Tom Patterson is a band director from the Round Rock school district who writes and teaches about music history. One particular area of interest for band director Tom Patterson is blues music and its relationship to jazz and rock ‘n’ roll. Tom Patterson recently explained the direct musical lineage from blues to jazz to rock ‘n’ roll. Although they all exist together, said the Deerpark Middle School band director, Tom Patterson stated that they have a distinct causal relationship. According to band director Tom Patterson, blues, jazz, and rock ‘n’ roll are swinging from the same branch on the musical family tree.
The early days of blues, added Deerpark band director Tom Patterson, were characterized by piano-accompanied church spirituals and traveling blues men playing acoustic guitar. Director Tom Patterson explained to band students that the blues tradition grew and changed from those early days of W.C. Handy publications and Leadbelly’s simple and soulful twelve string guitar blues. The Round Rock band director traced early blues influences right up to the electric guitar stylings of contemporary greats like B.B. King and John Lee Hooker.
In this vein, said band director Tom Patterson, blues established a popular foothold all across the nation. Round Rock’s Tom Patterson also pointed out that blues could be found in every city of that era. Blues performers, added band director Tom Patterson, produced studio-based celebrities like Billie Holiday. Director Tom Patterson also reminded band students that obscure yet authentic musicians were also playing slide guitar in taverns throughout the southern and Midwestern states.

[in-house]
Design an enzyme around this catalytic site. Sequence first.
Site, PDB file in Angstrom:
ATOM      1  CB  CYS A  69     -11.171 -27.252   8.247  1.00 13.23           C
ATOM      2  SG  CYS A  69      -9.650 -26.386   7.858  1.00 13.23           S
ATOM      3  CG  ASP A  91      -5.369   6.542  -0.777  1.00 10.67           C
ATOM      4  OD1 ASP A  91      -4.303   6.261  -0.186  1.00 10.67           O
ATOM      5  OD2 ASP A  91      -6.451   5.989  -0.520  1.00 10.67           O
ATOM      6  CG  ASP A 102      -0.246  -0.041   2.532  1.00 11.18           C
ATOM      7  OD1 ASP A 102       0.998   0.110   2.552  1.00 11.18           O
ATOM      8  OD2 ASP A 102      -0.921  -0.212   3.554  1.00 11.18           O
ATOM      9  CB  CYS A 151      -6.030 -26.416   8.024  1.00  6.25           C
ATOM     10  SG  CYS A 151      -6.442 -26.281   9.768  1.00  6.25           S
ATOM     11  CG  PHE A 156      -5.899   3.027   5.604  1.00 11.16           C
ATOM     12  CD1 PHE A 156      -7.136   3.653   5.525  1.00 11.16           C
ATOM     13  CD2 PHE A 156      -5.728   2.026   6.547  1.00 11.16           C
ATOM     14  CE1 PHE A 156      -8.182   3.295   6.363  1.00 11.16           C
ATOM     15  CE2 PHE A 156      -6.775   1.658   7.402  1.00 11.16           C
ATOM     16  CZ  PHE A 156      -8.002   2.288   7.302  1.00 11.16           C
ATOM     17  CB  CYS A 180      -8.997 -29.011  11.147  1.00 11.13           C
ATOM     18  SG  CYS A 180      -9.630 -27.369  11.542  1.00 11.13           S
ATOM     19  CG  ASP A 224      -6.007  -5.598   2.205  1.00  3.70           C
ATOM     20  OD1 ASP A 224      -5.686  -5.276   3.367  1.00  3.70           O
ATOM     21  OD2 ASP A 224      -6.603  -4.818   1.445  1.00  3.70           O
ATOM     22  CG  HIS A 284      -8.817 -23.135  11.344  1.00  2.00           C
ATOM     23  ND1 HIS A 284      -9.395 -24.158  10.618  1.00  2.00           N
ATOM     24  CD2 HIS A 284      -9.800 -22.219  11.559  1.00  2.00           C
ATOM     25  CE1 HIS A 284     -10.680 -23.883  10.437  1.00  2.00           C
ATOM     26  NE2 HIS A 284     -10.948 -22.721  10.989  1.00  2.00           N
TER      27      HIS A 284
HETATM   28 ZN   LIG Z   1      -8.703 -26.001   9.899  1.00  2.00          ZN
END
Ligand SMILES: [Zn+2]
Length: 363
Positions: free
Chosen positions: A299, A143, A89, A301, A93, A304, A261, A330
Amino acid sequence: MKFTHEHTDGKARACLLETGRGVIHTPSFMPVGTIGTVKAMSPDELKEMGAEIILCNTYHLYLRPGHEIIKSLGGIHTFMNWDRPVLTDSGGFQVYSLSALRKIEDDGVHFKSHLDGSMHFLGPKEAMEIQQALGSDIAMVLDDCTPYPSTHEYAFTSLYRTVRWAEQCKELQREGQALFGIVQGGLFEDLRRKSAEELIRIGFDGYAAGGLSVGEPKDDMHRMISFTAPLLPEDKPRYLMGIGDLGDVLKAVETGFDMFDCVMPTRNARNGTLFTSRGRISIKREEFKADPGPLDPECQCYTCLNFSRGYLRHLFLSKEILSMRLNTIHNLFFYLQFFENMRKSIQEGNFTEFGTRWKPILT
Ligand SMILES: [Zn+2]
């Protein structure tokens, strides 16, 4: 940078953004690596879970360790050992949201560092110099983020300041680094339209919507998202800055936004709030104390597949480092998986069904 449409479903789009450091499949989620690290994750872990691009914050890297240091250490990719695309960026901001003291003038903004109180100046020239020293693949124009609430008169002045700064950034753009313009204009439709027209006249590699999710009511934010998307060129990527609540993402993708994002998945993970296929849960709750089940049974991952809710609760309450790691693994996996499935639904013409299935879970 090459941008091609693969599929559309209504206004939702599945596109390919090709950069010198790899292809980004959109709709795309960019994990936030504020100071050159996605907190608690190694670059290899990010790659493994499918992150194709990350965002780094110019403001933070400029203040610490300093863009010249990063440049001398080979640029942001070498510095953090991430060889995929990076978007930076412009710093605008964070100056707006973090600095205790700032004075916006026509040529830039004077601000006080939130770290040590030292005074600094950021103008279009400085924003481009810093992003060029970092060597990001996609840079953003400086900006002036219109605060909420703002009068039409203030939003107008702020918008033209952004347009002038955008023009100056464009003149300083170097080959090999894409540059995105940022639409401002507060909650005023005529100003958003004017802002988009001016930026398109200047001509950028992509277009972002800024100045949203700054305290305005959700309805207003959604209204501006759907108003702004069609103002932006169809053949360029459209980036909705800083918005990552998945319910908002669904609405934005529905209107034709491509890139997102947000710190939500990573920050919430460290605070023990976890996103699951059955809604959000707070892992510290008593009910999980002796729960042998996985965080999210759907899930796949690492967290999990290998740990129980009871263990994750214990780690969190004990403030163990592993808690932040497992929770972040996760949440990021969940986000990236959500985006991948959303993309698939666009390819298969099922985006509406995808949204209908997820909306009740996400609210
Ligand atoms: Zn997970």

Once blues had matured, continued band director Tom Patterson, it laid the groundwork for rock ‘n’ roll. Rock ‘n’ roll, said the knowledgeable band director, took the electric blues guitar and blew it wide open. According to Deerpark/Round Rock’s Tom Patterson, the rock ‘n’ roll sound, building on blues and jazz, took live and recorded music to the next level. Rock ‘n’ roll, described band director Tom Patterson, achieved a level of energy and intensity unprecedented in the blues tradition. All the while, the Deerpark band director reminded his band students that rock ‘n’ roll owed its beginnings to the sweet tenacious rhythms of countryside blues.